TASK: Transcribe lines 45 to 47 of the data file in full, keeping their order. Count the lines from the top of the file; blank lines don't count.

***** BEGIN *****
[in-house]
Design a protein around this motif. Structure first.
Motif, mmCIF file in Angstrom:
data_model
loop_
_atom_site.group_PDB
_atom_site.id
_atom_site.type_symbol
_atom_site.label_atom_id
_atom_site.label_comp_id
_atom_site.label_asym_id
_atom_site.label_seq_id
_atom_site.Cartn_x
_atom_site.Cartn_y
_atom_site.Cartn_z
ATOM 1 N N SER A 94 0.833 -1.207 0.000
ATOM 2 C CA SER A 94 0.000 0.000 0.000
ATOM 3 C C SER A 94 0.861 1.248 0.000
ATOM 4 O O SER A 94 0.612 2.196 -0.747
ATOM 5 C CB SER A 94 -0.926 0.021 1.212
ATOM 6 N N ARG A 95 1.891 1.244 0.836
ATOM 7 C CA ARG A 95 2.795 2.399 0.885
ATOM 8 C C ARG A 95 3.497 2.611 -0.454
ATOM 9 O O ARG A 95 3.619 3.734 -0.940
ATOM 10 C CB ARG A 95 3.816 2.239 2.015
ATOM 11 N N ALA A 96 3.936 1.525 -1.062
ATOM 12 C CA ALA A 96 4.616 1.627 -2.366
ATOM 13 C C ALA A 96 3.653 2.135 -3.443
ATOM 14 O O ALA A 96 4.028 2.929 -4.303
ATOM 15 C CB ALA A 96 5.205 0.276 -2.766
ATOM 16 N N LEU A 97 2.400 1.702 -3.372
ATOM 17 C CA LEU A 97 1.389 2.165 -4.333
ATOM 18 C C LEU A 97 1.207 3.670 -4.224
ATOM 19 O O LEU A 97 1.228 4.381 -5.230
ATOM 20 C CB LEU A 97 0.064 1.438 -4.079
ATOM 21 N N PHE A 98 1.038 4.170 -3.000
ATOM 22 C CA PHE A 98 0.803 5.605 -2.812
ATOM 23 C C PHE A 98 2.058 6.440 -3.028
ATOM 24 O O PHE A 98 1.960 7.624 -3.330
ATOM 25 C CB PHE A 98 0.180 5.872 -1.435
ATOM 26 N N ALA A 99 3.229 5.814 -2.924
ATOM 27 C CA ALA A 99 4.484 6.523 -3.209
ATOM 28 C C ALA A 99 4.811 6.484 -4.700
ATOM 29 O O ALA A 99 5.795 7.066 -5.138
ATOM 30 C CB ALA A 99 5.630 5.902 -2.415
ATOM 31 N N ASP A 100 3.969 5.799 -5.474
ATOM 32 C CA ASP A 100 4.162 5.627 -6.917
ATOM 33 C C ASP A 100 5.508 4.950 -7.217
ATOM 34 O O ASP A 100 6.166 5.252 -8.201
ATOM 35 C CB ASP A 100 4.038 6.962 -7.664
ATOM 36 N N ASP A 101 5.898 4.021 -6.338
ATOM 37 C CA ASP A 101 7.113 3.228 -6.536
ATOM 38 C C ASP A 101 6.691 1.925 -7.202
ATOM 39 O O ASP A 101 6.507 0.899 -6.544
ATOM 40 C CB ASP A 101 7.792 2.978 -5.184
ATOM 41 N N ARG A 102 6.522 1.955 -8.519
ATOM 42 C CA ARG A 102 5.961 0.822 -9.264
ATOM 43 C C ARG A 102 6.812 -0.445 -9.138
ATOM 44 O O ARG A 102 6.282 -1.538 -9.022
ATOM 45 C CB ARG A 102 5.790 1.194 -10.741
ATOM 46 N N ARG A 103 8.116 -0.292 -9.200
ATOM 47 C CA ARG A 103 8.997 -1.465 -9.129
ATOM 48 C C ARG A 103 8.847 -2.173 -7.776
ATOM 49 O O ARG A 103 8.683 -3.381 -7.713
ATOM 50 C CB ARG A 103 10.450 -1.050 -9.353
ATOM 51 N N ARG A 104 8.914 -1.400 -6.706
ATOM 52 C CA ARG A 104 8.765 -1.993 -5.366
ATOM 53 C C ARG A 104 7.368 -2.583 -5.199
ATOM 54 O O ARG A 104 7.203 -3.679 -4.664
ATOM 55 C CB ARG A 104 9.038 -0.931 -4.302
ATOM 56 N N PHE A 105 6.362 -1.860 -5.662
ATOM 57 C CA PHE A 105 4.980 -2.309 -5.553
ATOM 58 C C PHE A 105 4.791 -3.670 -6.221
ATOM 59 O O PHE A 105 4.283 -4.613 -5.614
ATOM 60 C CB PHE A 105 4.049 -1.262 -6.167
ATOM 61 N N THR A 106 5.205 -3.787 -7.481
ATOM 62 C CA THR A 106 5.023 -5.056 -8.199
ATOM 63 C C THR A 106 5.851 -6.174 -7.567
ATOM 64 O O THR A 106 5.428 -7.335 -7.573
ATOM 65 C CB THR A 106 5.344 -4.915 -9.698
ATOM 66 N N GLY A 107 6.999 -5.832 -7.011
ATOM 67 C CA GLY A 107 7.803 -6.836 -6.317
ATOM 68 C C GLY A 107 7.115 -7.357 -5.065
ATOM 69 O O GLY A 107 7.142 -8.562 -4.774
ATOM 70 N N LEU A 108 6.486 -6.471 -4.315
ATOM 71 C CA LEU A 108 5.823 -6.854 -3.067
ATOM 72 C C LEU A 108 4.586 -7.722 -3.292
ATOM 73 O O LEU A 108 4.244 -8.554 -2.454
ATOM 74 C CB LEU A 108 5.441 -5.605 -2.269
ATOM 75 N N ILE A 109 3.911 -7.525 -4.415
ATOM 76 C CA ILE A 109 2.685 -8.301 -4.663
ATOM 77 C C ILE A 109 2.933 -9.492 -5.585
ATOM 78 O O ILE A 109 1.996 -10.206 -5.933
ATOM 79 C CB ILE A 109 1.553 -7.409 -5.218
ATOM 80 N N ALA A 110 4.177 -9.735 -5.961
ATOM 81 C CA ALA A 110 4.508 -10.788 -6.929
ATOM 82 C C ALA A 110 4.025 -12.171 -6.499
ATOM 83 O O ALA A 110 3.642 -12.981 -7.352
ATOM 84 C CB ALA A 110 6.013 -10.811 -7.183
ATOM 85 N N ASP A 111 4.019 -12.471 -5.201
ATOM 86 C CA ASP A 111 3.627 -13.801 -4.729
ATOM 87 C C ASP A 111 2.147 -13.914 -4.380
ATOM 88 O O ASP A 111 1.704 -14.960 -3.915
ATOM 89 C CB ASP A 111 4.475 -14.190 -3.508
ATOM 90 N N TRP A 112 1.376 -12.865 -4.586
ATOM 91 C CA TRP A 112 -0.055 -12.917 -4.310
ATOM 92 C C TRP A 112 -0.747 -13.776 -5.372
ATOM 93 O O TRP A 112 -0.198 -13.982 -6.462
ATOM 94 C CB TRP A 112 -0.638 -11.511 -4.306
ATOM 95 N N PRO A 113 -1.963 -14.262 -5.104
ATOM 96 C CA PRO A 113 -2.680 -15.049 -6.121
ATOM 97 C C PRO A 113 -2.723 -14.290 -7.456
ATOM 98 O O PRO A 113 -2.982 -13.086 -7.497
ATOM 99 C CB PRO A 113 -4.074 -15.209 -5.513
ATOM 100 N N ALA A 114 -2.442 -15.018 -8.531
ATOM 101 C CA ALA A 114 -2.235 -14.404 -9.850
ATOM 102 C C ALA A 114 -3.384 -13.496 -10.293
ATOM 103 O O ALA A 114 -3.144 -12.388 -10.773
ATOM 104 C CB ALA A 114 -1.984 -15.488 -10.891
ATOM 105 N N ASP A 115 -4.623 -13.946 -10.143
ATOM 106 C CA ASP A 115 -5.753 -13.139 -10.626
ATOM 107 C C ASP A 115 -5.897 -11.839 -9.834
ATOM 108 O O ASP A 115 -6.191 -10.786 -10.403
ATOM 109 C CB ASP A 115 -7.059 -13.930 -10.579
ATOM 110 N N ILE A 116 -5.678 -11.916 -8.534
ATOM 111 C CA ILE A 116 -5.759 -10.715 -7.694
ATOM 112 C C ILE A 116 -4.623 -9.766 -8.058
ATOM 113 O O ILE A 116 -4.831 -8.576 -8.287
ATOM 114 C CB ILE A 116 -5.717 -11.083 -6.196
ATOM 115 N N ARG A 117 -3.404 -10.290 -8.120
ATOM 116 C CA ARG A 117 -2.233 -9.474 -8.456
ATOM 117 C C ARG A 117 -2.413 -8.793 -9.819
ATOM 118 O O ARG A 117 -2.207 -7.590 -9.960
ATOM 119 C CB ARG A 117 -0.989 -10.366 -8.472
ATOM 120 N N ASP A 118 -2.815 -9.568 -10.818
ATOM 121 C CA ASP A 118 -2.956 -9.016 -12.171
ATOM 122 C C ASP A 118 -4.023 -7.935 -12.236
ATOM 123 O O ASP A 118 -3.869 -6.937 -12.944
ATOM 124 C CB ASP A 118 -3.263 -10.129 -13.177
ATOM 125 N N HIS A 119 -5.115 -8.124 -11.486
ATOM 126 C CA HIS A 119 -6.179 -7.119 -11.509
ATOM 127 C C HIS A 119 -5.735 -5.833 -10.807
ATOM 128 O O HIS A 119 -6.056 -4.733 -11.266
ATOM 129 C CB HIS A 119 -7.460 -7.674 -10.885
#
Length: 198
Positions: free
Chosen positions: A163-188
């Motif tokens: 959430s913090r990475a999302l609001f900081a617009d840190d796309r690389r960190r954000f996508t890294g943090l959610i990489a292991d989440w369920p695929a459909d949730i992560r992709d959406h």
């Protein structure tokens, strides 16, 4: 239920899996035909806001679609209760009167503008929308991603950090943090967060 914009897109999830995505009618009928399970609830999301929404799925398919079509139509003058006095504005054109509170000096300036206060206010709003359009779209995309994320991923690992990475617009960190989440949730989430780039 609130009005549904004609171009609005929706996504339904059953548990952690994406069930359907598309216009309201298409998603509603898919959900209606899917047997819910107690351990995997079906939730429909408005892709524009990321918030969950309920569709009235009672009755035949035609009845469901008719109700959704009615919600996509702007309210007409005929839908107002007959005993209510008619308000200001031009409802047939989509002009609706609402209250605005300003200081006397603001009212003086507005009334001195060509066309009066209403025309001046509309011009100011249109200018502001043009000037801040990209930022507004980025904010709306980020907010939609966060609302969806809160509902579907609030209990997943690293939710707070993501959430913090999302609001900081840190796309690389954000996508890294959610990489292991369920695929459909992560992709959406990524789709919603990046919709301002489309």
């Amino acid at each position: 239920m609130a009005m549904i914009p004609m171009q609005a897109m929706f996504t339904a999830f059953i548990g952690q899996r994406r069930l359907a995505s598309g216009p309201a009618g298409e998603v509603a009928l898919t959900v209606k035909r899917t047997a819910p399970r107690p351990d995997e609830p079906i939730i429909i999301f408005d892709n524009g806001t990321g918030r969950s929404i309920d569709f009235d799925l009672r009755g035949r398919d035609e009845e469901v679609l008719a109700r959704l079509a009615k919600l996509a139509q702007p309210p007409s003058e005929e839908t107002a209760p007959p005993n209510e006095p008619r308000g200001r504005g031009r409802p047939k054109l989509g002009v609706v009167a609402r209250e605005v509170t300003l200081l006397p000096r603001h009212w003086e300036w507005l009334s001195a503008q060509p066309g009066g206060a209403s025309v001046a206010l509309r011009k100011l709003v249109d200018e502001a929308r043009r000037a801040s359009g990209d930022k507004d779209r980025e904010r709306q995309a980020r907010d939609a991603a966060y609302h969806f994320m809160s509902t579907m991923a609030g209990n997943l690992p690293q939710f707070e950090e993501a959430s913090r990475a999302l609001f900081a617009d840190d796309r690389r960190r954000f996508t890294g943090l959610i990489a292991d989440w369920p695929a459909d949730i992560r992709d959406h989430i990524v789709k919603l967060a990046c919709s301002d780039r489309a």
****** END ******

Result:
ATOM 30 C CB ALA A 99 5.630 5.902 -2.415
ATOM 31 N N ASP A 100 3.969 5.799 -5.474
ATOM 32 C CA ASP A 100 4.162 5.627 -6.917